Like the image above, there is a distortion between how we see ourselves and others. This distortion explains why and how we misunderstand each other so quickly. For example, close colleagues tell me when I focus intensely on a work project, I appear less approachable. This appearance does not reflect how I feel, but this misperception results in others not approaching me. If this misconception continues and I become aware of it, I might counter it by expending energy and changing how I appear. A mask or persona develops to counter the perception that I am unapproachable. This forced change creates complex interactions as each attempt to connect and be understood by the other.
Now, think about the language or the words we use to describe ourselves, relationships, beliefs, feelings, and actions. You might get the picture of why communication can go sideways so quickly when it comes to being understood. When we express our beliefs or meaning through images, art, myths, or other symbols, we often enter a kind of transcendent world of relating. These representations often transcend a spoken language. In Bill Moyer's interview with Joseph Campbell, author of "The Hero With A Thousand Faces," Campbell says, "The best things can't be told, because they transcend thought. The second best are misunderstood because those are the thoughts that are supposed to refer to that which can't be thought about. The third best is what we talk about." This difficulty in language, interpretation, and our intended meaning complicates our communications when describing something to someone that seems out of their grasp to understand.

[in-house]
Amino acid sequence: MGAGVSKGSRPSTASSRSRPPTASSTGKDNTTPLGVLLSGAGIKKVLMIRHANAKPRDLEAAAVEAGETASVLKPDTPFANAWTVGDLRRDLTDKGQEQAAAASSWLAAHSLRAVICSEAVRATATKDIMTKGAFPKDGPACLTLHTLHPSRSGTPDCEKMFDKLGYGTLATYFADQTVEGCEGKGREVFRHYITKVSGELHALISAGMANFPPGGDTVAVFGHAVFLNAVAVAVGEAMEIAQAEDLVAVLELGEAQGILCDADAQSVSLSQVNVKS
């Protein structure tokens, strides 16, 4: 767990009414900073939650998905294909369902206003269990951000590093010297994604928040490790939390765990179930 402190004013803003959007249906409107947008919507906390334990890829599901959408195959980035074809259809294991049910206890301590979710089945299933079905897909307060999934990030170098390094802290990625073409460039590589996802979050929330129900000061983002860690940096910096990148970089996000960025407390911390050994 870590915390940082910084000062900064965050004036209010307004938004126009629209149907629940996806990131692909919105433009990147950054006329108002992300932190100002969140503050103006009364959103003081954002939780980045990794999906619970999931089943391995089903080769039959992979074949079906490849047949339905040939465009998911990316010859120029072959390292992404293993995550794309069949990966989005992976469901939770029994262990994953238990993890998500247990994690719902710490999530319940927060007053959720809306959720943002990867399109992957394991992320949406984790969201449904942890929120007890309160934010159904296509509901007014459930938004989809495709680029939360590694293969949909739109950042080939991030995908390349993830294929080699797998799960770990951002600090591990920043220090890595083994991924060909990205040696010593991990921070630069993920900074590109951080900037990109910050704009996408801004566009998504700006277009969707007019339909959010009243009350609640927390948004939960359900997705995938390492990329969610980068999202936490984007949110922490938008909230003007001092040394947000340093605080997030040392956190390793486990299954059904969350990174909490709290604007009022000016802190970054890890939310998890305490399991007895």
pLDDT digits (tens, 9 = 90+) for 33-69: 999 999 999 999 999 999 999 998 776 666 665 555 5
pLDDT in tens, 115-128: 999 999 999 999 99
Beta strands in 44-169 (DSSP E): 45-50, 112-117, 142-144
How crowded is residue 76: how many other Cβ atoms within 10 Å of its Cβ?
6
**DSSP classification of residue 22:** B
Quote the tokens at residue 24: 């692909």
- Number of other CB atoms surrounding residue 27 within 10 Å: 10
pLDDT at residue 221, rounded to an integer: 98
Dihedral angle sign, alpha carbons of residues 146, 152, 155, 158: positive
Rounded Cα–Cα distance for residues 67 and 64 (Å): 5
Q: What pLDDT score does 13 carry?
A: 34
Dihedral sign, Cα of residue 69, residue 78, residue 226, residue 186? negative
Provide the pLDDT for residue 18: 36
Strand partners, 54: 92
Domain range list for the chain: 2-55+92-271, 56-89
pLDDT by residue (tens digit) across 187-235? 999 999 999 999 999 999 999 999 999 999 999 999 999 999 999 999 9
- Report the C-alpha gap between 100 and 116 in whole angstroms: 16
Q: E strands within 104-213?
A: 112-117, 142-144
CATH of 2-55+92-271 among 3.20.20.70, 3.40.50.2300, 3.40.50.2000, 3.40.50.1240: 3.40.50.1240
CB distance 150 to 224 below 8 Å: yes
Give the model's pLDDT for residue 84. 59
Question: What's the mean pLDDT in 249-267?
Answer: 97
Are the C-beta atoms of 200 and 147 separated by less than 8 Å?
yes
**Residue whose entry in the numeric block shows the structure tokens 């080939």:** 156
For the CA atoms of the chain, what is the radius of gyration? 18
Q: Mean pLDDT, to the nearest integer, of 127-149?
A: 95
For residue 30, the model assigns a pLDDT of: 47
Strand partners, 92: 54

From my own experience, being raised within a Baptist religious tradition for most of my childhood, I began to question certain assumptions or dogma within that religious tradition. My views and interpretation of previously associated meanings had shifted as I studied and gained more life experience. This shift in my understanding of particular meanings of religious expressions was not quite so literal anymore. The change in how I interpreted these terms created more misunderstandings with peers from my past religious community.
As a result of appreciating how complex communication is, together with my desire to connect and understand others, I now focus on being curious about other's beliefs, meanings, differences, and experiences. This overall shift in perspective and awareness of how easily distortions in communication can occur have resulted in being much more tolerant and less reactive to perceived differences. While I don't believe this perspective alone will rid us of misunderstanding, being curious rather than reactive has proven transformative and provides a much bigger window to view, understand and connect with others.
Since this is an obvious beginning to Phil-osphy, please visit this site again.